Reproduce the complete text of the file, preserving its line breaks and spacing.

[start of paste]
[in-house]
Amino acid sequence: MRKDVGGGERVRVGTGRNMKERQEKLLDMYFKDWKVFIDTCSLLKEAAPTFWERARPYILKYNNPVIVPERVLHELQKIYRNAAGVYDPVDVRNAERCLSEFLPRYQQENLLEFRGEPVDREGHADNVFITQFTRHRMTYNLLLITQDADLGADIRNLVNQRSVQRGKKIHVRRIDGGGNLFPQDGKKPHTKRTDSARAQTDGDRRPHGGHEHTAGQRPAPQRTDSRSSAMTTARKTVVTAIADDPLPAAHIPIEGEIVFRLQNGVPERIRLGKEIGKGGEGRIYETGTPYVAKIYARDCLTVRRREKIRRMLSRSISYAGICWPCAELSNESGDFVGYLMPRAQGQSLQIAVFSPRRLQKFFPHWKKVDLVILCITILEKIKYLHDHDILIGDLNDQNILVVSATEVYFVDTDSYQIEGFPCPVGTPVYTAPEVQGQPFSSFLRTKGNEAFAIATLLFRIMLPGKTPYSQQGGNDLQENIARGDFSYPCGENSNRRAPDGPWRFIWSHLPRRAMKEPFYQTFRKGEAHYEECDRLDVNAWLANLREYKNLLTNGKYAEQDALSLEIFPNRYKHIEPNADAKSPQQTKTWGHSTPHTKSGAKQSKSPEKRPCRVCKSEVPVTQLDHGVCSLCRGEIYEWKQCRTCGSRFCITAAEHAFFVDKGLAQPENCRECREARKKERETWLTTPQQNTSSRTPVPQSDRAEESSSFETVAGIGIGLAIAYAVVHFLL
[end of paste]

[in-house]
Amino acid sequence: MRKDVGGGERVRVGTGRNMKERQEKLLDMYFKDWKVFIDTCSLLKEAAPTFWERARPYILKYNNPVIVPERVLHELQKIYRNAAGVYDPVDVRNAERCLSEFLPRYQQENLLEFRGEPVDREGHADNVFITQFTRHRMTYNLLLITQDADLGADIRNLVNQRSVQRGKKIHVRRIDGGGNLFPQDGKKPHTKRTDSARAQTDGDRRPHGGHEHTAGQRPAPQRTDSRSSAMTTARKTVVTAIADDPLPAAHIPIEGEIVFRLQNGVPERIRLGKEIGKGGEGRIYETGTPYVAKIYARDCLTVRRREKIRRMLSRSISYAGICWPCAELSNESGDFVGYLMPRAQGQSLQIAVFSPRRLQKFFPHWKKVDLVILCITILEKIKYLHDHDILIGDLNDQNILVVSATEVYFVDTDSYQIEGFPCPVGTPVYTAPEVQGQPFSSFLRTKGNEAFAIATLLFRIMLPGKTPYSQQGGNDLQENIARGDFSYPCGENSNRRAPDGPWRFIWSHLPRRAMKEPFYQTFRKGEAHYEECDRLDVNAWLANLREYKNLLTNGKYAEQDALSLEIFPNRYKHIEPNADAKSPQQTKTWGHSTPHTKSGAKQSKSPEKRPCRVCKSEVPVTQLDHGVCSLCRGEIYEWKQCRTCGSRFCITAAEHAFFVDKGLAQPENCRECREARKKERETWLTTPQQNTSSRTPVPQSDRAEESSSFETVAGIGIGLAIAYAVVHFLL